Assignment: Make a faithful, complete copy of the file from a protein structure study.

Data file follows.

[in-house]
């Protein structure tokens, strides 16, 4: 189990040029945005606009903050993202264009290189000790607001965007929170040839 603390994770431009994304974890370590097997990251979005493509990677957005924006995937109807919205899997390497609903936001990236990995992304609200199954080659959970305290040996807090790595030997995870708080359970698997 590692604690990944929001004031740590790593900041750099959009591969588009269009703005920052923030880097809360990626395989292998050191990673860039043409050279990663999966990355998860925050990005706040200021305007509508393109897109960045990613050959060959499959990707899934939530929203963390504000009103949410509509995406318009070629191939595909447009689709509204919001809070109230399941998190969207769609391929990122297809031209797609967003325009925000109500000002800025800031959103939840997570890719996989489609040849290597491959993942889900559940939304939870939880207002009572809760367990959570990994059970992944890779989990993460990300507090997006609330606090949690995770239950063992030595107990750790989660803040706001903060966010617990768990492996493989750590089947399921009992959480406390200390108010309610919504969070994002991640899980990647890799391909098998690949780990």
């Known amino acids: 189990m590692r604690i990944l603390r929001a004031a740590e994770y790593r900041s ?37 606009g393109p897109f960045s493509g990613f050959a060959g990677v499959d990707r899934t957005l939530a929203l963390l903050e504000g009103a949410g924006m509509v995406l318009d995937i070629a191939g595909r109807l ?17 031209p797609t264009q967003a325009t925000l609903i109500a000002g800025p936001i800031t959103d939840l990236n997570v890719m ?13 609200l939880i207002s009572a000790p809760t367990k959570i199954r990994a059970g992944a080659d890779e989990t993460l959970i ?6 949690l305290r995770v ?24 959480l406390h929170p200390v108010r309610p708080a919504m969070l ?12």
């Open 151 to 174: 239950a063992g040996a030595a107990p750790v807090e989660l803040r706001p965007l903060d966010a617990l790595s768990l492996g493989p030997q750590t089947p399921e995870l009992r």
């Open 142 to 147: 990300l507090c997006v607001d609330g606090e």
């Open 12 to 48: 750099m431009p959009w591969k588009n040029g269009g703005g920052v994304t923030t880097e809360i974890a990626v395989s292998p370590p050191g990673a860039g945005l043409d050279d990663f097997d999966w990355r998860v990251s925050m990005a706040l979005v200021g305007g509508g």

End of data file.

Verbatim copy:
[in-house]
């Protein structure tokens, strides 16, 4: 189990040029945005606009903050993202264009290189000790607001965007929170040839 603390994770431009994304974890370590097997990251979005493509990677957005924006995937109807919205899997390497609903936001990236990995992304609200199954080659959970305290040996807090790595030997995870708080359970698997 590692604690990944929001004031740590790593900041750099959009591969588009269009703005920052923030880097809360990626395989292998050191990673860039043409050279990663999966990355998860925050990005706040200021305007509508393109897109960045990613050959060959499959990707899934939530929203963390504000009103949410509509995406318009070629191939595909447009689709509204919001809070109230399941998190969207769609391929990122297809031209797609967003325009925000109500000002800025800031959103939840997570890719996989489609040849290597491959993942889900559940939304939870939880207002009572809760367990959570990994059970992944890779989990993460990300507090997006609330606090949690995770239950063992030595107990750790989660803040706001903060966010617990768990492996493989750590089947399921009992959480406390200390108010309610919504969070994002991640899980990647890799391909098998690949780990």
């Known amino acids: 189990m590692r604690i990944l603390r929001a004031a740590e994770y790593r900041s ?37 606009g393109p897109f960045s493509g990613f050959a060959g990677v499959d990707r899934t957005l939530a929203l963390l903050e504000g009103a949410g924006m509509v995406l318009d995937i070629a191939g595909r109807l ?17 031209p797609t264009q967003a325009t925000l609903i109500a000002g800025p936001i800031t959103d939840l990236n997570v890719m ?13 609200l939880i207002s009572a000790p809760t367990k959570i199954r990994a059970g992944a080659d890779e989990t993460l959970i ?6 949690l305290r995770v ?24 959480l406390h929170p200390v108010r309610p708080a919504m969070l ?12």
């Open 151 to 174: 239950a063992g040996a030595a107990p750790v807090e989660l803040r706001p965007l903060d966010a617990l790595s768990l492996g493989p030997q750590t089947p399921e995870l009992r």
């Open 142 to 147: 990300l507090c997006v607001d609330g606090e």
């Open 12 to 48: 750099m431009p959009w591969k588009n040029g269009g703005g920052v994304t923030t880097e809360i974890a990626v395989s292998p370590p050191g990673a860039g945005l043409d050279d990663f097997d999966w990355r998860v990251s925050m990005a706040l979005v200021g305007g509508g």